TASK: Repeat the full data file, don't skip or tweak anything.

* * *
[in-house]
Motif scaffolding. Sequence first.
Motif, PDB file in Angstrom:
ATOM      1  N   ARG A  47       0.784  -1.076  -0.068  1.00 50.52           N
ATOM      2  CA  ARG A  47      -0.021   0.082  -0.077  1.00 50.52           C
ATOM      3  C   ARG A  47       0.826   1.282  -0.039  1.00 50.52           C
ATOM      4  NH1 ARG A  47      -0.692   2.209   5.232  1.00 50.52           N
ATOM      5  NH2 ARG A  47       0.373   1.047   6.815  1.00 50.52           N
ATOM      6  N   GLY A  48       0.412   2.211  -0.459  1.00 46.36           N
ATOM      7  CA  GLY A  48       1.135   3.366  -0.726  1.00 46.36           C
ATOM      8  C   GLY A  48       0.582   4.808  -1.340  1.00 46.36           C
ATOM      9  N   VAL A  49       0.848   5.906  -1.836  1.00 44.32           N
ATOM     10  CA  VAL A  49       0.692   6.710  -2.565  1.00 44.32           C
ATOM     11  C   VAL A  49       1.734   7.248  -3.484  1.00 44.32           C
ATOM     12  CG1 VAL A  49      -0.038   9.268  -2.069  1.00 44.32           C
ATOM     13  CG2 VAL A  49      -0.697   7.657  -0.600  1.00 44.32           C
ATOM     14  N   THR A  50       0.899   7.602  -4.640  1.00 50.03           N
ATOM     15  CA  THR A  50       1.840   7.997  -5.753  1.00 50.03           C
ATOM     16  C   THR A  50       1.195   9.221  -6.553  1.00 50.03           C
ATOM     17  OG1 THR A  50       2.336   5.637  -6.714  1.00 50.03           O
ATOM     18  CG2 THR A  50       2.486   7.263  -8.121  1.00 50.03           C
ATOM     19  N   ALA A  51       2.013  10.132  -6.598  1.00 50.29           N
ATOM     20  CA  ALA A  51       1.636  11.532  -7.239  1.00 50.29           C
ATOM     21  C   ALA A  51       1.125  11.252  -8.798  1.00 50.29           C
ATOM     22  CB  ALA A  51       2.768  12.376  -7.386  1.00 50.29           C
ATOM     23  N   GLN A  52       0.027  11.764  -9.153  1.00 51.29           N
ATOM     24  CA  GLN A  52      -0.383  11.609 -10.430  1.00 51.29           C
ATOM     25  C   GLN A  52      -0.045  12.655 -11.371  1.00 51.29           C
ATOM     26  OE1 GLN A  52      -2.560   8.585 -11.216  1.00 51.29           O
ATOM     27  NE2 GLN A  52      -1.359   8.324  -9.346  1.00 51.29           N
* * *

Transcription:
[in-house]
Motif scaffolding. Sequence first.
Motif, PDB file in Angstrom:
ATOM      1  N   ARG A  47       0.784  -1.076  -0.068  1.00 50.52           N
ATOM      2  CA  ARG A  47      -0.021   0.082  -0.077  1.00 50.52           C
ATOM      3  C   ARG A  47       0.826   1.282  -0.039  1.00 50.52           C
ATOM      4  NH1 ARG A  47      -0.692   2.209   5.232  1.00 50.52           N
ATOM      5  NH2 ARG A  47       0.373   1.047   6.815  1.00 50.52           N
ATOM      6  N   GLY A  48       0.412   2.211  -0.459  1.00 46.36           N
ATOM      7  CA  GLY A  48       1.135   3.366  -0.726  1.00 46.36           C
ATOM      8  C   GLY A  48       0.582   4.808  -1.340  1.00 46.36           C
ATOM      9  N   VAL A  49       0.848   5.906  -1.836  1.00 44.32           N
ATOM     10  CA  VAL A  49       0.692   6.710  -2.565  1.00 44.32           C
ATOM     11  C   VAL A  49       1.734   7.248  -3.484  1.00 44.32           C
ATOM     12  CG1 VAL A  49      -0.038   9.268  -2.069  1.00 44.32           C
ATOM     13  CG2 VAL A  49      -0.697   7.657  -0.600  1.00 44.32           C
ATOM     14  N   THR A  50       0.899   7.602  -4.640  1.00 50.03           N
ATOM     15  CA  THR A  50       1.840   7.997  -5.753  1.00 50.03           C
ATOM     16  C   THR A  50       1.195   9.221  -6.553  1.00 50.03           C
ATOM     17  OG1 THR A  50       2.336   5.637  -6.714  1.00 50.03           O
ATOM     18  CG2 THR A  50       2.486   7.263  -8.121  1.00 50.03           C
ATOM     19  N   ALA A  51       2.013  10.132  -6.598  1.00 50.29           N
ATOM     20  CA  ALA A  51       1.636  11.532  -7.239  1.00 50.29           C
ATOM     21  C   ALA A  51       1.125  11.252  -8.798  1.00 50.29           C
ATOM     22  CB  ALA A  51       2.768  12.376  -7.386  1.00 50.29           C
ATOM     23  N   GLN A  52       0.027  11.764  -9.153  1.00 51.29           N
ATOM     24  CA  GLN A  52      -0.383  11.609 -10.430  1.00 51.29           C
ATOM     25  C   GLN A  52      -0.045  12.655 -11.371  1.00 51.29           C
ATOM     26  OE1 GLN A  52      -2.560   8.585 -11.216  1.00 51.29           O
ATOM     27  NE2 GLN A  52      -1.359   8.324  -9.346  1.00 51.29           N